11. We will make thee borders of gold with studs of silver] Rather, strings of golden beads will we make thee, with points of silver. These more splendid adornments will be substituted for her modest country ornaments.

While the king sitteth at his table, my spikenard sendeth forth the smell thereof.
12. While the king sitteth at his table, my spikenard sendeth forth the smell thereof] R.V. sat … sent forth. So long she says as the king was on his divan her spikenard gave forth its perfume.

his table] Heb. mçsabh or mçsçbh, probably a divan or seat set round a room. Ewald and Delitzsch, following the usual rendering of 1 Samuel 16:11, translate “a round table,” but see Oxf. Heb. Lex. Here it would mean a seat, in some public reception-room probably, in any case outside the hareem. The meaning seems here to be that so long as Solomon was absent from her, her nard, “a figure,” as Delitzsch says, “for the happiness of love,” gave forth its fragrance. She was then free to let her thoughts go out to her rustic lover. In the succeeding verses her thoughts of him are compared to perfumes, myrrh and henna flowers; here the delight she had in thinking of him is likened to nard and its fragrance.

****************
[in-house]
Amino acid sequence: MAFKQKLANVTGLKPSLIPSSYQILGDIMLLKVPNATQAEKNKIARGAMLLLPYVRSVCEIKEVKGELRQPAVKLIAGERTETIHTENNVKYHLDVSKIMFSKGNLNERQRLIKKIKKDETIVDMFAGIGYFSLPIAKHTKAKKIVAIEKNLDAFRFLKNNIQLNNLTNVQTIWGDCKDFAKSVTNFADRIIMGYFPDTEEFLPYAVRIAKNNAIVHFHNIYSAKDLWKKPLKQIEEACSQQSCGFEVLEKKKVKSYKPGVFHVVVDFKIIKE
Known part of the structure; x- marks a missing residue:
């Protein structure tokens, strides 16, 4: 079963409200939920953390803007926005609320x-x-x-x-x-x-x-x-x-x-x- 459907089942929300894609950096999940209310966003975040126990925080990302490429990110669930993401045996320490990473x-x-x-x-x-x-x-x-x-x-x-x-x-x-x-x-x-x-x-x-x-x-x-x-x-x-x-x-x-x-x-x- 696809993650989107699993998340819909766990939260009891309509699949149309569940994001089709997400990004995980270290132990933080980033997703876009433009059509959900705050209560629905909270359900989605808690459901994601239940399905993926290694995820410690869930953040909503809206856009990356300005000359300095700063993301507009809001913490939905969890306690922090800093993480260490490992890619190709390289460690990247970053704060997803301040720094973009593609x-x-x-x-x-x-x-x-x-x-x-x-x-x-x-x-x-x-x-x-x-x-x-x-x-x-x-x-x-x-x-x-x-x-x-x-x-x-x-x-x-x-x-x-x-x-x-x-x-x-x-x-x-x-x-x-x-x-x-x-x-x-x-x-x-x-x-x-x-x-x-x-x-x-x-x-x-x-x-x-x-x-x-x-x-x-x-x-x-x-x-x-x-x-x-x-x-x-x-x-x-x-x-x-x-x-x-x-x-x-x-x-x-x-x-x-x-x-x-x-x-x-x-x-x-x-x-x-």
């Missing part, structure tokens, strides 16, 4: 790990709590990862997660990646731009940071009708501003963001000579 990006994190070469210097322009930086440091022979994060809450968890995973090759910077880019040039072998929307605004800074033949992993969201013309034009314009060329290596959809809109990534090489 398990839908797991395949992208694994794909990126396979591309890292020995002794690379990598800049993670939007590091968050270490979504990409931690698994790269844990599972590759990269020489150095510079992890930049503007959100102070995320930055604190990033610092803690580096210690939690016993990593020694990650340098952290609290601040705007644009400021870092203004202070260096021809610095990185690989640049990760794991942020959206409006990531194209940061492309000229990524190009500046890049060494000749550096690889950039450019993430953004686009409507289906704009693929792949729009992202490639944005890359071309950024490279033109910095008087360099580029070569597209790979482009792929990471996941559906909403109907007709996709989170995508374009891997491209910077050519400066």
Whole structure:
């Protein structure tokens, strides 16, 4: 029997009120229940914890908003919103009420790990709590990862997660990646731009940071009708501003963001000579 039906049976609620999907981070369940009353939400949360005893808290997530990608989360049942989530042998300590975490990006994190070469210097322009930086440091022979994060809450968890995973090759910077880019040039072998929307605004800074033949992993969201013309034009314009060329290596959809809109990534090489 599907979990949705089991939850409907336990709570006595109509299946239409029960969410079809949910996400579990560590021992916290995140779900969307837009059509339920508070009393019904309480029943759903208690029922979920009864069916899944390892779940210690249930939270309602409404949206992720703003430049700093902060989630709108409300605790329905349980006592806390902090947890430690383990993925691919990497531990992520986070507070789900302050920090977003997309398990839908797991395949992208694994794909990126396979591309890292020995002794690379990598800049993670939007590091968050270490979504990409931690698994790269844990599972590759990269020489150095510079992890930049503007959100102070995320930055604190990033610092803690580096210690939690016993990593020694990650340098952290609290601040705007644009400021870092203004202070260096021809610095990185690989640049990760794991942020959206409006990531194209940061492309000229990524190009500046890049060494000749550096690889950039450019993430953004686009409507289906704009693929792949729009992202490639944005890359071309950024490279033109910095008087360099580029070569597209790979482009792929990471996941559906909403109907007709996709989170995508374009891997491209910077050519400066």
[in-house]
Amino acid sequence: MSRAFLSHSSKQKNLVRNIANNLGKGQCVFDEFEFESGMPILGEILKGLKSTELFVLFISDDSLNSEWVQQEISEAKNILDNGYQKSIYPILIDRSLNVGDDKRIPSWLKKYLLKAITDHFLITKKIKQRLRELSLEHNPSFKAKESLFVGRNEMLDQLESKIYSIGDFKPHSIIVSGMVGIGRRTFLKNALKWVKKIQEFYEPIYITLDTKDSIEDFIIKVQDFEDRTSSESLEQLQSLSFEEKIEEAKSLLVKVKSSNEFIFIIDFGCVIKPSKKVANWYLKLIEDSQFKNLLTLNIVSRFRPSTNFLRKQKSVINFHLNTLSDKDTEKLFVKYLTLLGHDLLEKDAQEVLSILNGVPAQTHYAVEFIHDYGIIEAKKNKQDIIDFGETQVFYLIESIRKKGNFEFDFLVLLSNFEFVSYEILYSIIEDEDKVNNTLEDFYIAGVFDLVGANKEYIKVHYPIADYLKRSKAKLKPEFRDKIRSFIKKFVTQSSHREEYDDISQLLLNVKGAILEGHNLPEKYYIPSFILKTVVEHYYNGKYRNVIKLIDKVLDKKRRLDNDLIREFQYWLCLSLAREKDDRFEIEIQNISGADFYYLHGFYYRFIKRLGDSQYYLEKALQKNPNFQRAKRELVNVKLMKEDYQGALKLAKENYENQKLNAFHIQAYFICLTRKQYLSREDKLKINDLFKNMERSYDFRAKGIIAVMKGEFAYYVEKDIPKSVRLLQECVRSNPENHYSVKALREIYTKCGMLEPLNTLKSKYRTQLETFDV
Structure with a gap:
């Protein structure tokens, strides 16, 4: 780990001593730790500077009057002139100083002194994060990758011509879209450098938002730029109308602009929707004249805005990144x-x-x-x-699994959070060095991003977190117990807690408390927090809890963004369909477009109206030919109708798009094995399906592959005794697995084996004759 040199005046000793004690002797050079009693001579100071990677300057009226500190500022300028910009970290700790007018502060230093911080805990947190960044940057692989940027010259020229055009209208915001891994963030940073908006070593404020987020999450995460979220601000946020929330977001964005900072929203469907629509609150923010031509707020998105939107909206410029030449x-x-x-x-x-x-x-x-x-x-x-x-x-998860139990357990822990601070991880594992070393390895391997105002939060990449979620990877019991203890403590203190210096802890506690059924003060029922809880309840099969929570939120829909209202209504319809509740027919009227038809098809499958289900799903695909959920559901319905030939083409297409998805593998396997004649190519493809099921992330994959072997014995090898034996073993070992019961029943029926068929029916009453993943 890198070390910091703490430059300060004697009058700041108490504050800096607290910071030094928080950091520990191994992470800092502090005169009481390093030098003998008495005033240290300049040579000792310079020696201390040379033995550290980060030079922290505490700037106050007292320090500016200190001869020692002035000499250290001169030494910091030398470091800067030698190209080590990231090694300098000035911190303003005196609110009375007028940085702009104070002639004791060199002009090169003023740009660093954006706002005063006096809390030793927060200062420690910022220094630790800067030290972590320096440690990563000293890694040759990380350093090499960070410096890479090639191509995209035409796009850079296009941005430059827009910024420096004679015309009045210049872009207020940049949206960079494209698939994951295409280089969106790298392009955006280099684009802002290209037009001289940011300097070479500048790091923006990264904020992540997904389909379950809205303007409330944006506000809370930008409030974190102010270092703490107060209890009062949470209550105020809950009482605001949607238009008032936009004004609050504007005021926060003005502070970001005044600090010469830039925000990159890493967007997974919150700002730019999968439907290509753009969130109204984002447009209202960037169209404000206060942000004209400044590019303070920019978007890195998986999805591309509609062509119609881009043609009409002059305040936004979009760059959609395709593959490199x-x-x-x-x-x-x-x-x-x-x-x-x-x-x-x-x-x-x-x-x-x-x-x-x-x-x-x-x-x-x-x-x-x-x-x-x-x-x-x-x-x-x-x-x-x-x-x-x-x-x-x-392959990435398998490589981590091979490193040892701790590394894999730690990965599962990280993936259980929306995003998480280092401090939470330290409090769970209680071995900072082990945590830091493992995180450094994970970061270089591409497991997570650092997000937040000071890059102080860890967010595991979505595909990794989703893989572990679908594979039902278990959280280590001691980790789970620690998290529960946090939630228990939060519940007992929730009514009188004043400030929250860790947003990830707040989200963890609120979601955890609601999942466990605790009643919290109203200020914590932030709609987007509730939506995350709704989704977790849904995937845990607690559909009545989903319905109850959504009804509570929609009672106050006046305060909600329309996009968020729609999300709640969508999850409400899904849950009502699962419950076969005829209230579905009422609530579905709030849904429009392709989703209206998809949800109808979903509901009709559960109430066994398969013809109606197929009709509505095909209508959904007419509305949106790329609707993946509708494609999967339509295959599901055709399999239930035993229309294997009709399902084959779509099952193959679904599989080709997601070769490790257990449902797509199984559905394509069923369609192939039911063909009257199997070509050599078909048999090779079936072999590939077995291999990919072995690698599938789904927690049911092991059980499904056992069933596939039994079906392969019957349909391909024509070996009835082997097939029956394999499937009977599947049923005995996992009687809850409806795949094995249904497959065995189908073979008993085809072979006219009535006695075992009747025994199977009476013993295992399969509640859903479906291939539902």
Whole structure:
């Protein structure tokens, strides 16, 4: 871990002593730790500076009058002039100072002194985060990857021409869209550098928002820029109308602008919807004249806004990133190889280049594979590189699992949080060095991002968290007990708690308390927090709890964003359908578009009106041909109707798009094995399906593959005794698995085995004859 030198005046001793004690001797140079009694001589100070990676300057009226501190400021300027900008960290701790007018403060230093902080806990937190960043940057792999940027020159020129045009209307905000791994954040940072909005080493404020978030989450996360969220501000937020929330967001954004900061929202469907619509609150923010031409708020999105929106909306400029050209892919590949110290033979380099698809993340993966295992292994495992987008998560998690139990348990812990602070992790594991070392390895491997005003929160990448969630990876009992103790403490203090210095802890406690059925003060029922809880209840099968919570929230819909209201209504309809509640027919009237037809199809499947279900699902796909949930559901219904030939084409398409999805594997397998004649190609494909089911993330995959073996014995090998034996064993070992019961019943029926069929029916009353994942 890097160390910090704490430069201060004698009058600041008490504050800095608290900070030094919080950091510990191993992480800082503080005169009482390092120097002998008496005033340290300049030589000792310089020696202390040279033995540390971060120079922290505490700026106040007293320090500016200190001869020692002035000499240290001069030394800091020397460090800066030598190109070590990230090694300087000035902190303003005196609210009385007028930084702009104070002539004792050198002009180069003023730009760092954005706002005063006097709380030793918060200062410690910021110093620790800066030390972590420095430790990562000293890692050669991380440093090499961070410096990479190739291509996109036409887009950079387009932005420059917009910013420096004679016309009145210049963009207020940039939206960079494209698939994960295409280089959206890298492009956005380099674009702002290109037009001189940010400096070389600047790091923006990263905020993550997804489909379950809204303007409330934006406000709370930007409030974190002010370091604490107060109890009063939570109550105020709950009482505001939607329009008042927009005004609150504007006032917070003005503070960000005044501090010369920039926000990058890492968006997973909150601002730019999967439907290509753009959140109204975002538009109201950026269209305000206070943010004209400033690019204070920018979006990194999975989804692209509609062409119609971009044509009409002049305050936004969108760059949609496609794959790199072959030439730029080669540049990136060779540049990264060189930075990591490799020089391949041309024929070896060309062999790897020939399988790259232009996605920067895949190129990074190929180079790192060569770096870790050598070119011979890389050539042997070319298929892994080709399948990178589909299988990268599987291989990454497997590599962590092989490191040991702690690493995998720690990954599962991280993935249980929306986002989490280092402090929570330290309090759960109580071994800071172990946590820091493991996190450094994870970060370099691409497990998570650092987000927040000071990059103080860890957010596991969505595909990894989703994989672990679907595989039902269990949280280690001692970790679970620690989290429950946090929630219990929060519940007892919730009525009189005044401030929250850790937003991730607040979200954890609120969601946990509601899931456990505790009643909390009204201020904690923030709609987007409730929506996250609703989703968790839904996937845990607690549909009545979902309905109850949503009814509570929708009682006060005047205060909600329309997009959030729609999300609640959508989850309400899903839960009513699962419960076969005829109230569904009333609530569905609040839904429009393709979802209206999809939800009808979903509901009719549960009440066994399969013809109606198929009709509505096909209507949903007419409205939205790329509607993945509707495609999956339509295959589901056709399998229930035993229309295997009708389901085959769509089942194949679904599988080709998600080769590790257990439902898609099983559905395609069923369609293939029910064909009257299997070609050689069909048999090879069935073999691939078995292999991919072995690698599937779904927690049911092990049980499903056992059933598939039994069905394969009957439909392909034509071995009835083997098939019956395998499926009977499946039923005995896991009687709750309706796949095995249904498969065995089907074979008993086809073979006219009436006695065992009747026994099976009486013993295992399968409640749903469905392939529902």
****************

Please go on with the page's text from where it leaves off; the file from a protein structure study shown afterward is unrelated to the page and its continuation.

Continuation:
my spikenard] Heb. nçrd. Tristram, Nat. Hist. of the Bible, p. 485, says, “Spikenard or nard is exclusively an Indian product, procured from the Nardostachys jatamansi, a plant of the order Valerianaceae, growing in the Himalaya mountains, in Nepal and Bhotan. It has many hairy spikes shooting from one root. It is from this part of the plant that the perfume is procured, and prepared simply by drying it.”

sendeth forth] This should be, gave forth.

12–14. The Shulammite replies to Solomon’s wooing.

A bundle of myrrh is my wellbeloved unto me; he shall lie all night betwixt my breasts.